Plans for housing: what to expect in coming years

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The university recently finalized its master plan and announced a hike in tuition and housing rates. These developments, along with the university’s reuniting with Trinity Lutheran Seminary, have made significant changes to housing.

The university announced an increase to tuition and room and board last month.

According to Jon Geyer, director of residential and commuter life, the money we pay for housing goes toward the renovations that happen during summer, as well as the cost of running residence halls throughout the academic year.

“I think that a lot of it is unseen spent money, and a lot of that is behind the walls,” Geyer said.

Increased housing prices happen due to inflation and the age of some of our housing options; Geyer said it simply costs more and more every year to keep residence halls up and running.

As for whether this increase will continue, Geyer said it’s hard to predict, and that ResLife doesn’t have a big hand in deciding what these prices will look like, as the board of trustees makes decisions about tuition and housing increases.

Although it’s hard to know for sure what will happen in the coming years, it seems like we can expect a price increase every year. In the five years he’s been here, Geyer said the increase has been around 3 to 4 percent each year.

The renovations we can expect to happen this summer won’t be that drastic according to Geyer, but rather a continuation of older projects.

Facilities will finish a refresh of College Avenue this summer, the last of a three-summer update to flooring and paint. They will also update some of the Saylor-Ackermann shower rooms.

As always, neighborhood houses and apartments will all be refreshed, while others will get a “deeper dive” to their maintenance and will receive major updates.

One thing that isn’t on the list for this summer is Lohman.

In an article earlier this year, The Chimes reported that renovations to Lohman had been put on hold until the finalization of the university’s master plan. Now that the master plan has been finalized, it seems that any plans for Lohman have to wait until the master plan is implemented.

“Everything is a little bit ‘wait and see’ as the master plan is implemented,” Geyer said. “Part of our planning has to go stride in stride with what the master plan lays out … As we get to the point where we can talk more about implementation of some of those pieces is where you’ll see the bigger, more drastic changes.”

Lohman will be occupied the same next year as it was this year, with first-years living on the east side of the building and upper-class students getting “double-singles” on the west side of the building.

Geyer said that option of having a double room as a single in Lohman for upper-class students was “very popular,” and that’s why it was offered again during this year’s housing selection. Geyer says this option “went pretty quick” again this year.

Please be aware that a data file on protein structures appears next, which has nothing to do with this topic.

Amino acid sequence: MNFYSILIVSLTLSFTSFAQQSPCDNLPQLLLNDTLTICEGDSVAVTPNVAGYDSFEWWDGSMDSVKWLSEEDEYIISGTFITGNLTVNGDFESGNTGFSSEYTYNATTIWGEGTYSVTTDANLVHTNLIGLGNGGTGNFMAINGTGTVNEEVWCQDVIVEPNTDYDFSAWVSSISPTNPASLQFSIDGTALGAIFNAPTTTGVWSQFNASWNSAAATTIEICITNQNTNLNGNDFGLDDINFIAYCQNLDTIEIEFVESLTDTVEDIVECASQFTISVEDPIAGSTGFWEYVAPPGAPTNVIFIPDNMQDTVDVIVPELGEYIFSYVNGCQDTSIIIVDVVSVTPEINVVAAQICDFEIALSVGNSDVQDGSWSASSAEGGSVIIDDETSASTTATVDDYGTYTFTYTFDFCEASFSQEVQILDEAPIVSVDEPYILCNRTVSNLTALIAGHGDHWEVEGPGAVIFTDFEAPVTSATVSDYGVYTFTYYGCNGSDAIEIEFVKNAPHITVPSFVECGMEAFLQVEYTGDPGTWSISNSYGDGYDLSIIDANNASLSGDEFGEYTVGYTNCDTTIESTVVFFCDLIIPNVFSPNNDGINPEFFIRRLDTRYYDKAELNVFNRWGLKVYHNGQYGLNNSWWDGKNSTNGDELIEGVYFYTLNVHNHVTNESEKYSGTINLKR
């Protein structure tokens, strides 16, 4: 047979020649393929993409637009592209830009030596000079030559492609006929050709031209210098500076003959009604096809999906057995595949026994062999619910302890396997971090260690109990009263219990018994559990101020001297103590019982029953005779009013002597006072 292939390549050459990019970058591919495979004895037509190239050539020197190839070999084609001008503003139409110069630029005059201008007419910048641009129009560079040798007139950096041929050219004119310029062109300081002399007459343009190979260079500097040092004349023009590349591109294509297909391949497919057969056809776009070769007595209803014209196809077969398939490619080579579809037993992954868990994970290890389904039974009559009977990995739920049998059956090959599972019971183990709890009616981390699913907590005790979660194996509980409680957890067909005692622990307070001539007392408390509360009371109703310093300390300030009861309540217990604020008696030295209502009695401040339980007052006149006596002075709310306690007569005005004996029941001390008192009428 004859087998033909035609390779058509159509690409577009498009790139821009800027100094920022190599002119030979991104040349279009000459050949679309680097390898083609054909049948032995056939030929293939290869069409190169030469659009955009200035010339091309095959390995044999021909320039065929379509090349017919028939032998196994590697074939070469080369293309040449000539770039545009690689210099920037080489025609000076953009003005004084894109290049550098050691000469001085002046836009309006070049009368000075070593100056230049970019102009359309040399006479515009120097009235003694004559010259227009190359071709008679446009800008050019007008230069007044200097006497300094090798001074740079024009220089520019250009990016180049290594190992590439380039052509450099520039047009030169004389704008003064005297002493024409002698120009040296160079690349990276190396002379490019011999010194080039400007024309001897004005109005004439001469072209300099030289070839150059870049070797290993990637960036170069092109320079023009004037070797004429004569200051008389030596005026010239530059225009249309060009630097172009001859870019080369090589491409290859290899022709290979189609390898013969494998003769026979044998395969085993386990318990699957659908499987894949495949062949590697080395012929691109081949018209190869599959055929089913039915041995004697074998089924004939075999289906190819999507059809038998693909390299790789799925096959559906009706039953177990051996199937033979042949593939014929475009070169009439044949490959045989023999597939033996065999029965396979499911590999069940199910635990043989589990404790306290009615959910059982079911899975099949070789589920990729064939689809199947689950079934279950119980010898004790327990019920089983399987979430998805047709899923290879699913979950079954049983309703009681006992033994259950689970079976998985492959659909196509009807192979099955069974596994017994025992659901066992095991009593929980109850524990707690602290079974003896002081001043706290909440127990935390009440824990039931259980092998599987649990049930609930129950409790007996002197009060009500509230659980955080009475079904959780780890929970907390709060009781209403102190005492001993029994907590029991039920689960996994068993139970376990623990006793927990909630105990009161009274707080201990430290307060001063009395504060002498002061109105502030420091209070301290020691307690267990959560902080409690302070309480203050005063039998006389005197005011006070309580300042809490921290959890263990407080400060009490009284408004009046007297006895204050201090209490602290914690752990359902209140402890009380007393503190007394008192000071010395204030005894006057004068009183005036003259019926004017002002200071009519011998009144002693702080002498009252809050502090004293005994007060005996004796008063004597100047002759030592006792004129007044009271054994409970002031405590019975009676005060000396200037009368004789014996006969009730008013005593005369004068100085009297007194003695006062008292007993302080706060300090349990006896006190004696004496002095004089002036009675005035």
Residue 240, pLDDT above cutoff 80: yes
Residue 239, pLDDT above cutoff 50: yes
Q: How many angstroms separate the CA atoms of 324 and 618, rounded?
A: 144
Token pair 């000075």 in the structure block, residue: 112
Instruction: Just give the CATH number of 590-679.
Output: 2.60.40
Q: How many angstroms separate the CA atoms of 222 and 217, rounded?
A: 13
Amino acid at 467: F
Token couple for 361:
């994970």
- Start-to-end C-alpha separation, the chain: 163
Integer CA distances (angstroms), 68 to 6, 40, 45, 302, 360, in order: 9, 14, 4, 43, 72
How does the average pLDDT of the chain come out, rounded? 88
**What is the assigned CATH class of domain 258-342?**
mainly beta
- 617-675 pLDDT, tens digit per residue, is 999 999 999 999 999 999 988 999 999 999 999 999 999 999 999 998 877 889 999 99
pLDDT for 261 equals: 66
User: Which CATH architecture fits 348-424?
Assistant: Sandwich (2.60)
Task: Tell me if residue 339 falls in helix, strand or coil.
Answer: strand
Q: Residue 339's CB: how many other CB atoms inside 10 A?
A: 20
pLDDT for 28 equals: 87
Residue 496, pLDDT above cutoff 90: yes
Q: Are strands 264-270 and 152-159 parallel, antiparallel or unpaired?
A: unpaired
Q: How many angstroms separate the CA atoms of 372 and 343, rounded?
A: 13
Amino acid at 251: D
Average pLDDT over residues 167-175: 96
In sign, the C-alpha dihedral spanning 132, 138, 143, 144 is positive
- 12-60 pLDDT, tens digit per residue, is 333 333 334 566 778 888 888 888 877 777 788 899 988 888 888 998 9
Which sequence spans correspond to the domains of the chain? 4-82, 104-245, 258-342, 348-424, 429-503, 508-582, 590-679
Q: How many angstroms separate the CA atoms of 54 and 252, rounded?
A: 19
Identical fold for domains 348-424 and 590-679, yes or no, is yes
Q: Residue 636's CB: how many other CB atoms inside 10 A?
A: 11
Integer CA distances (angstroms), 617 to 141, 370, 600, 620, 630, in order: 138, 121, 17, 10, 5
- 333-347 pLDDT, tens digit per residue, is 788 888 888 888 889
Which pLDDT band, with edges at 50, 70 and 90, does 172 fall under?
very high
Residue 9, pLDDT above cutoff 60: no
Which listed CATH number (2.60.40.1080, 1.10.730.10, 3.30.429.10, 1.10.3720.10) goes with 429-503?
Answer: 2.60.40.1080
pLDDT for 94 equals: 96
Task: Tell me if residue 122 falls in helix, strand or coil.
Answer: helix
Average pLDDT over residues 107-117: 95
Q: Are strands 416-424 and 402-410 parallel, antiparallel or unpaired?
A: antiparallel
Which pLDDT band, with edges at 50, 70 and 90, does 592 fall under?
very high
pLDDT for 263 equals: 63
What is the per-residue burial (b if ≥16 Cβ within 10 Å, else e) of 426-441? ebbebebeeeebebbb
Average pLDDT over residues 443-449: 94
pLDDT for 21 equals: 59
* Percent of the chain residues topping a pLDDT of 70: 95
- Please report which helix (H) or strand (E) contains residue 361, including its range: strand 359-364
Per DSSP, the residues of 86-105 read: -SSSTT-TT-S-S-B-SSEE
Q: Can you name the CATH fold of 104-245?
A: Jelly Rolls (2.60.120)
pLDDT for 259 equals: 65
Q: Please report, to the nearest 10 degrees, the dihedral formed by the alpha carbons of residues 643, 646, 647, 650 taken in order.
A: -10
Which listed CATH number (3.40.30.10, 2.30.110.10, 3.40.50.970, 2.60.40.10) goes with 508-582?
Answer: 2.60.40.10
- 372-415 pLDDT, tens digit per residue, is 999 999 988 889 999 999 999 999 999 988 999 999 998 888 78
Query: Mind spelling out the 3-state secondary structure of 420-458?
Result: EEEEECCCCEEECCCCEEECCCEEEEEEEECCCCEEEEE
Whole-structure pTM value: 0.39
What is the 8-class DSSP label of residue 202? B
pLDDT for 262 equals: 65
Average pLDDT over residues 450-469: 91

There is no timeline for Lohman plans so far, as the master plan has to be worked through first. But fear not, Lohman “is definitely represented on [the master plan] for some change,” Geyer said.

For the past year, ResLife has been working to change the way Trinity and other graduate students experience living on campus.
Trinity students are currently living alongside undergraduate students in the Trinity apartments and townhouses, and while Geyer said this is working well, ResLife wanted to make sure grad students had “an intentional living environment” catered to them.

“We wanted grad students to feel like they had a little bit more of a community with one another and that was something they asked us for,” Geyer said.

This community will be started next year with a few houses on Sheridan.

Geyer said that the office hopes to extend graduate residence spaces to law students and other graduate students, and potentially students who are married or have families. ResLife is launching a grad and family page soon to go into more detail about how these options can be used by students.

“Really, it’s a need-based system,” Geyer said. “[Students with that need] will contact our office, and we will work to get them placed in that style of housing for the academic year.”

By changing graduate housing, ResLife opened more spaces for students to live in the Trinity apartments and townhouses, and these were added to selection for this year. This increased the number of apartment-style options for undergraduate students.
Geyer said this increase in options is not unusual, and that the university picks up neighborhood properties, especially houses on Sheridan Avenue, from time to time.

The increase in housing options may reach a plateau eventually, as the university owns most of the properties along Sheridan Avenue. Larger increases in apartment- and house-style residence options will have to wait for the implementation of the master plan.

During the first night of selection, a problem with the site’s host caused a malfunction with the university’s selection program, setting selection back an hour. Despite the hiccups at the beginning, Geyer said the rest of selection went fairly smoothly.

“We got through juniors and seniors and we still … had plenty of apartment-style housing and various types and styles of housing [available],” Geyer said.

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